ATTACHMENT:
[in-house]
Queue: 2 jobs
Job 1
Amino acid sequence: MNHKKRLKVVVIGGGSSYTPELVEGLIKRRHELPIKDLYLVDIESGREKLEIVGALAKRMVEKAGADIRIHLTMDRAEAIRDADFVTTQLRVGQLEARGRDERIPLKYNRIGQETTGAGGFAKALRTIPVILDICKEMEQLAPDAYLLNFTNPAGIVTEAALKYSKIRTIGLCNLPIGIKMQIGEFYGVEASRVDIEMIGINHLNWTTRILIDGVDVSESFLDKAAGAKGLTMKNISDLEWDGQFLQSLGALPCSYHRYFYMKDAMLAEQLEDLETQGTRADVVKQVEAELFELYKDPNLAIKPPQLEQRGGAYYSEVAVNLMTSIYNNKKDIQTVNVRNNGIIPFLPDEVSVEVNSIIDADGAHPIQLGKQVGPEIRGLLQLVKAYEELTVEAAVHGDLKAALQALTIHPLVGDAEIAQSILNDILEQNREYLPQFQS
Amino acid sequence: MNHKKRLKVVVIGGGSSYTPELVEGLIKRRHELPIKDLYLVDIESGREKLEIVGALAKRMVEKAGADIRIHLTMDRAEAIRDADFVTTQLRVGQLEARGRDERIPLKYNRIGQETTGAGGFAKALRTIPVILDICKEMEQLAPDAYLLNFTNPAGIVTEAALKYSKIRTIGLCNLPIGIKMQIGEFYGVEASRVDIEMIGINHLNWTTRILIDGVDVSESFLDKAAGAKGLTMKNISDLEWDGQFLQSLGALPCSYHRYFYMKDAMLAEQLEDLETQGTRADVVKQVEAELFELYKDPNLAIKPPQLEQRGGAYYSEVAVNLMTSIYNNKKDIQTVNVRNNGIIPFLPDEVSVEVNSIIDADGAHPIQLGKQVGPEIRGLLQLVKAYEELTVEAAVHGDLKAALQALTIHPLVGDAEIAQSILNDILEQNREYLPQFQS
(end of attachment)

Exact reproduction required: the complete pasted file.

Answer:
[in-house]
Queue: 2 jobs
Job 1
Amino acid sequence: MNHKKRLKVVVIGGGSSYTPELVEGLIKRRHELPIKDLYLVDIESGREKLEIVGALAKRMVEKAGADIRIHLTMDRAEAIRDADFVTTQLRVGQLEARGRDERIPLKYNRIGQETTGAGGFAKALRTIPVILDICKEMEQLAPDAYLLNFTNPAGIVTEAALKYSKIRTIGLCNLPIGIKMQIGEFYGVEASRVDIEMIGINHLNWTTRILIDGVDVSESFLDKAAGAKGLTMKNISDLEWDGQFLQSLGALPCSYHRYFYMKDAMLAEQLEDLETQGTRADVVKQVEAELFELYKDPNLAIKPPQLEQRGGAYYSEVAVNLMTSIYNNKKDIQTVNVRNNGIIPFLPDEVSVEVNSIIDADGAHPIQLGKQVGPEIRGLLQLVKAYEELTVEAAVHGDLKAALQALTIHPLVGDAEIAQSILNDILEQNREYLPQFQS
Amino acid sequence: MNHKKRLKVVVIGGGSSYTPELVEGLIKRRHELPIKDLYLVDIESGREKLEIVGALAKRMVEKAGADIRIHLTMDRAEAIRDADFVTTQLRVGQLEARGRDERIPLKYNRIGQETTGAGGFAKALRTIPVILDICKEMEQLAPDAYLLNFTNPAGIVTEAALKYSKIRTIGLCNLPIGIKMQIGEFYGVEASRVDIEMIGINHLNWTTRILIDGVDVSESFLDKAAGAKGLTMKNISDLEWDGQFLQSLGALPCSYHRYFYMKDAMLAEQLEDLETQGTRADVVKQVEAELFELYKDPNLAIKPPQLEQRGGAYYSEVAVNLMTSIYNNKKDIQTVNVRNNGIIPFLPDEVSVEVNSIIDADGAHPIQLGKQVGPEIRGLLQLVKAYEELTVEAAVHGDLKAALQALTIHPLVGDAEIAQSILNDILEQNREYLPQFQS